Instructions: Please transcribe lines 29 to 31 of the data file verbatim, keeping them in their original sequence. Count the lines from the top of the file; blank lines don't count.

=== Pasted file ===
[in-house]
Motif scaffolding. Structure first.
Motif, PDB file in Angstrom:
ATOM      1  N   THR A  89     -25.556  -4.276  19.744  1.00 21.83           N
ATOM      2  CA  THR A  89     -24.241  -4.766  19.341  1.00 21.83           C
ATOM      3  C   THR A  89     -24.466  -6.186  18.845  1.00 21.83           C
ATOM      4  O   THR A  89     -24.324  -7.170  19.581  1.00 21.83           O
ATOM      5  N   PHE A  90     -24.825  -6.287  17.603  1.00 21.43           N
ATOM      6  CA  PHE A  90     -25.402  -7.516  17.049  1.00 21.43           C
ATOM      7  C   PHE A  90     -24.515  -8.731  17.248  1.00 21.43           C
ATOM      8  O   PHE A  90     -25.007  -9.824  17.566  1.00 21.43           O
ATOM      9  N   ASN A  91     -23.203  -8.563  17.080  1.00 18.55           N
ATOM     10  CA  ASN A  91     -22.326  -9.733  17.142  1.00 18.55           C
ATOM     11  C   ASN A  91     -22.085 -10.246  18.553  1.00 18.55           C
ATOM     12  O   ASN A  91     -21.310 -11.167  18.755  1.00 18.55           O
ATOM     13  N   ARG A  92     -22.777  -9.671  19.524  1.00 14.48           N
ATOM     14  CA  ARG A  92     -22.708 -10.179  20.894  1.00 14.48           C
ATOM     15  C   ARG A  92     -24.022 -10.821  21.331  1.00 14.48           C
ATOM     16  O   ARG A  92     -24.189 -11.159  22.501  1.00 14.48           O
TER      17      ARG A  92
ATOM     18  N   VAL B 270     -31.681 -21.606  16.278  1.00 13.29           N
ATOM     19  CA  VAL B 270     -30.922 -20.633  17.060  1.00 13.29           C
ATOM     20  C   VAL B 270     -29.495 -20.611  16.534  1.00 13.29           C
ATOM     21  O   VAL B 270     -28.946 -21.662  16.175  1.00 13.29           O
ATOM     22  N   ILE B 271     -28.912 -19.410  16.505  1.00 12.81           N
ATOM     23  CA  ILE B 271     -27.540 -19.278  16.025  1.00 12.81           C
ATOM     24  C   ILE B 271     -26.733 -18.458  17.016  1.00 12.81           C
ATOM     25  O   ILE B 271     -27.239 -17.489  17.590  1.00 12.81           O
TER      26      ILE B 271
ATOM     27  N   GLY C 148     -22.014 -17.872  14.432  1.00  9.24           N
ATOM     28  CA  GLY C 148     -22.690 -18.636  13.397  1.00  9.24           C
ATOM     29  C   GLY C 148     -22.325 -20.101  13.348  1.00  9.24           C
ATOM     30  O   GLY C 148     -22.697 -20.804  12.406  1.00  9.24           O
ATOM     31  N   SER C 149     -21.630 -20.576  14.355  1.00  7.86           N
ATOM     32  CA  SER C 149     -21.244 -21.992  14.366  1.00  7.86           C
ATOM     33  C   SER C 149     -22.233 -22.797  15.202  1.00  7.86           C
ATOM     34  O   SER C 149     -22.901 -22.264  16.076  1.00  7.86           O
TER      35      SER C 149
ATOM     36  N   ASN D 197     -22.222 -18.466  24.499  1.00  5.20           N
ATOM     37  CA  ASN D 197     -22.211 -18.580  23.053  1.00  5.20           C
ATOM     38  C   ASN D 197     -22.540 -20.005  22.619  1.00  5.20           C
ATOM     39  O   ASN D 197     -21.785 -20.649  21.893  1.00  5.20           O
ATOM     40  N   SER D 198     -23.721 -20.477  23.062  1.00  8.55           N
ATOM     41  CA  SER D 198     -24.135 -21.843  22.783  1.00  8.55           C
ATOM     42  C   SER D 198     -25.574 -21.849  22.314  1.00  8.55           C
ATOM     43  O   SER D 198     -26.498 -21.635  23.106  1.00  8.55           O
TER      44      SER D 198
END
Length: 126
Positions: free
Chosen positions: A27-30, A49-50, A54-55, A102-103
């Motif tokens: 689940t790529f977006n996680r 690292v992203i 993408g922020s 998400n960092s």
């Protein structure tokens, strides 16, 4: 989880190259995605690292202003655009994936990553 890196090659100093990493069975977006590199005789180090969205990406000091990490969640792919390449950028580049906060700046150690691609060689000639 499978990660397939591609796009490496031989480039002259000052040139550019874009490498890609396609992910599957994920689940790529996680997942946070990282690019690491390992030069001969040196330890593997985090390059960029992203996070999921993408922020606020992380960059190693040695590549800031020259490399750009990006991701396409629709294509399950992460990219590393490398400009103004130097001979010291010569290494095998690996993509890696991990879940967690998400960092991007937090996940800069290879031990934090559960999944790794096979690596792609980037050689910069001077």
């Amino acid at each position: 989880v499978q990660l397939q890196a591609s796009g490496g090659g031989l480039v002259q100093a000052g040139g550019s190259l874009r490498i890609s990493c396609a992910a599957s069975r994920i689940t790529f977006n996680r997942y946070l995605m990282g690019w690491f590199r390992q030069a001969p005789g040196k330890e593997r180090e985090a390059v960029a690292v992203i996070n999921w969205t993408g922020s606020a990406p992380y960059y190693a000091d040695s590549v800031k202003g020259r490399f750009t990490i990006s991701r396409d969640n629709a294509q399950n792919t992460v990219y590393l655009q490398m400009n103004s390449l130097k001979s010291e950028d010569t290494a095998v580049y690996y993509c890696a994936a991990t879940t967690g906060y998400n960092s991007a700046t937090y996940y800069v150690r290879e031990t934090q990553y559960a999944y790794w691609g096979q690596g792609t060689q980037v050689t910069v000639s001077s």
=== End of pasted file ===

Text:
TER      26      ILE B 271
ATOM     27  N   GLY C 148     -22.014 -17.872  14.432  1.00  9.24           N
ATOM     28  CA  GLY C 148     -22.690 -18.636  13.397  1.00  9.24           C